J.K. Rowling’s Harry Potter prequel Fantastic Beasts and Where to Find Them doesn’t premiere until November 2016. But in true wizarding world fashion, the anticipation is almost as exciting as the release.
The movie follows Eddie Redmayne’s Newt Scamander, a “magizoologist” around 1920s New York. The tale is rooted in a Hogwarts textbook referenced only one time in the entire Potter series—when Harry was getting his schoolbooks in Diagon Alley.
The film marks Rowling’s first screenplay and will be directed by David Yates, who directed the last four Potter films, and produced by Potter’s David Heyman. It also stars Katherine Waterston as Porpetina “Tina” Goldstein, Alison Sudol as Queenie Goldstein, Dan Fogler as Jacob Kowalski, Colin Farrell as Graves, Samantha Morton as Mary Lou and Ezra Miller as Credence.
Rowling told fans nearly a year ago, via a riddle on Twitter, that the movie would take place in New York. Then she revealed there’s an American Hogwarts. In Fantastic Beasts, Scamander discovers the American wizarding community is hiding from Muggles—called No Majs in the U.S.—and that “the threat of public exposure is an even graver concern than in the U.K." Entertainment Weekly got an inside look straight from the set of the film in Leavesden, where Potter was also filmed, and can reveal that the movie is the story of Scamander’s creatures escaping their case in a wiz-phobic America.
Aside from the phrase No-Maj, Americans also have their own Ministry of Magic called the Magical Congress of the United States of America. The MACUSA is located inside the Woolworth Building. In EW’s exclusive look at Redmayne on set, he’s flanked by two phoenixes in a golden lobby of the Woolworth. In the first trailer for the movie, Katherine Waterston's character Tina—short for Porpentina—is seen inside the MACUSA, telling Seraphina, a character clearly involved in American wizarding politics that "a wizard entered New York with a case, a case full of magical creatures, and unfortunately some have escaped." Seraphina, played by Selma's Carmen Ejogo, stands in front of what looks like the MACUSA seal, which features a phoenix with its wings spread above flames and an American flag, rightly adorned with just 48 stars. Set in 1920s New York, American didn't have 50 stars until Alaska was addd in 1959 and then Hawaii in 1960.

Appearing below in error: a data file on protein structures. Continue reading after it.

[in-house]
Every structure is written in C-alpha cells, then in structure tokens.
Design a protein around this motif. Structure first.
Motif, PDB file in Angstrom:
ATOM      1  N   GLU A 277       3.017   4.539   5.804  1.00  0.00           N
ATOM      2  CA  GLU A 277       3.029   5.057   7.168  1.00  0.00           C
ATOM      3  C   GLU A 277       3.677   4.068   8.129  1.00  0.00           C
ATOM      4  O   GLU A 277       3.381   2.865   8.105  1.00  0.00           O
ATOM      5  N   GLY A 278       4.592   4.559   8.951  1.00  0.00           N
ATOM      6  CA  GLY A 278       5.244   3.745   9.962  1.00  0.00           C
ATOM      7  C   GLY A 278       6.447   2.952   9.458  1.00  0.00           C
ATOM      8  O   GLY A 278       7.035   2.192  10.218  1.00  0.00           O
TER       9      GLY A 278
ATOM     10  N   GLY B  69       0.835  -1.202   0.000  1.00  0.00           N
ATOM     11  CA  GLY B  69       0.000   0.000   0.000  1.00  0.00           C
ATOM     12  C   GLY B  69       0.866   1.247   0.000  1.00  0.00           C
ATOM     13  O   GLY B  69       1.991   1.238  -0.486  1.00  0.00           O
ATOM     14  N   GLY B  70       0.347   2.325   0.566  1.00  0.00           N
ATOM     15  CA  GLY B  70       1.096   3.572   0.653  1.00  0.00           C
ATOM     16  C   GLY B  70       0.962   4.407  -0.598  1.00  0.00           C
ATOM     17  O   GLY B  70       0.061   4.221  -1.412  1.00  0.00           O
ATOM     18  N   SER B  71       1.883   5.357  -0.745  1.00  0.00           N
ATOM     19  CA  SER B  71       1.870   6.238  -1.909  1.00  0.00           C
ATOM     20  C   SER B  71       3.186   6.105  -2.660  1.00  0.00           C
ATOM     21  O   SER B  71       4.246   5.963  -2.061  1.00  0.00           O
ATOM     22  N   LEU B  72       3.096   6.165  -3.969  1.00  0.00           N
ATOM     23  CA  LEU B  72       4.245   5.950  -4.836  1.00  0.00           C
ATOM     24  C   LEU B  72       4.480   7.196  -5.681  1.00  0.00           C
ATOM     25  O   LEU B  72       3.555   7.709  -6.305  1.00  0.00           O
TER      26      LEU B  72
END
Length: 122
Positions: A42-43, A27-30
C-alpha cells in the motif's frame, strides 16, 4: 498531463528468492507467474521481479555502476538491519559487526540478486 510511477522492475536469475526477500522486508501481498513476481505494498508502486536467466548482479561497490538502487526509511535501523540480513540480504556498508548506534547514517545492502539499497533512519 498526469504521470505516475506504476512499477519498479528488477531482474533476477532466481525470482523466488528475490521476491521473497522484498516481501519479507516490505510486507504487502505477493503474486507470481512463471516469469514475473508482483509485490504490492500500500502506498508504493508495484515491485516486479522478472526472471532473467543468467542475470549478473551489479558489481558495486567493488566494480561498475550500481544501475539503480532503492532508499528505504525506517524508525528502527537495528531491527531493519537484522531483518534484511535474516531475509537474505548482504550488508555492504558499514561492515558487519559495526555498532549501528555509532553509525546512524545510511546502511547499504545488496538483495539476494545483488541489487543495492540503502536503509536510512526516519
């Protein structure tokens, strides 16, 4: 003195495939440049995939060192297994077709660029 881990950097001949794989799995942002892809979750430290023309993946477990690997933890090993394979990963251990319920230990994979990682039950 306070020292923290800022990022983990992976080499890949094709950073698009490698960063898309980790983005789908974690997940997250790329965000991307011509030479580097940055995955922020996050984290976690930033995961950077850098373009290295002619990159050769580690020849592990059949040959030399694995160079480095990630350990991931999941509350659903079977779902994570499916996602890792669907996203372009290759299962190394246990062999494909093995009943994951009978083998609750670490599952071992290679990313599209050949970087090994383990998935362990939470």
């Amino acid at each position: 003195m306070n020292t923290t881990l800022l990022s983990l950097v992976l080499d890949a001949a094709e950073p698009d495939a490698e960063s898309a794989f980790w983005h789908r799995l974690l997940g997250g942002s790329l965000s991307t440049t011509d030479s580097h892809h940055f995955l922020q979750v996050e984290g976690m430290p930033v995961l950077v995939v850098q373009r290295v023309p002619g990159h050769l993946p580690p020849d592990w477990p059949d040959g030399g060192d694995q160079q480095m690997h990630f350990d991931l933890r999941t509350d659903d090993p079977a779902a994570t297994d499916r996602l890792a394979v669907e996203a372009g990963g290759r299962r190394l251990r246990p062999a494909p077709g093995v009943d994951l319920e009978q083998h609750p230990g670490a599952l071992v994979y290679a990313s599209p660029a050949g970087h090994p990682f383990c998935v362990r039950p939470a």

Though Potter fans are familiar with the wizarding world, little is actually known about Scamander. According to the “About the Author” section of the book, he was born in 1897 with his interest in fabulous beasts encouraged by his mother, “who was an enthusiastic breeder of fancy Hippogrifs.” Scamander, who spent his years at Hogwarts as a Hufflepuff, later worked for the Ministry of Magic in the Department for the Regulation and Control of Magical Creatures. He also worked in the Office for House-Elf Relocation and in the Beast Division, creating the Werewolf Register in 1947 and the Ban on Experimental Breeding, “which prevented the creation of “new and untamable monsters within Britain.” He also worked for the Dragon Research and Restraint Bureau, which led to many research trips abroad.
While Scamander’s story will not sync up with Harry’s, it’s worth noting that his grandson, Rolf Scamander, married Luna Lovegood, a member of Harry’s crew who made an appearance alongside her husband in Rowling’s surprise story posted to fansite Pottermore in July. Emma Watson’s Potter character Hermione would not have even been born during the time the film takes place, but the actress has said she’s up for a cameo nonetheless.
If you’d like to brush up before the film is released, Albus Dumbledore, who penned the forward to the book, writes that the edition can be purchased for two galleons at Flourish and Blotts as well as in Muggle Bookshops.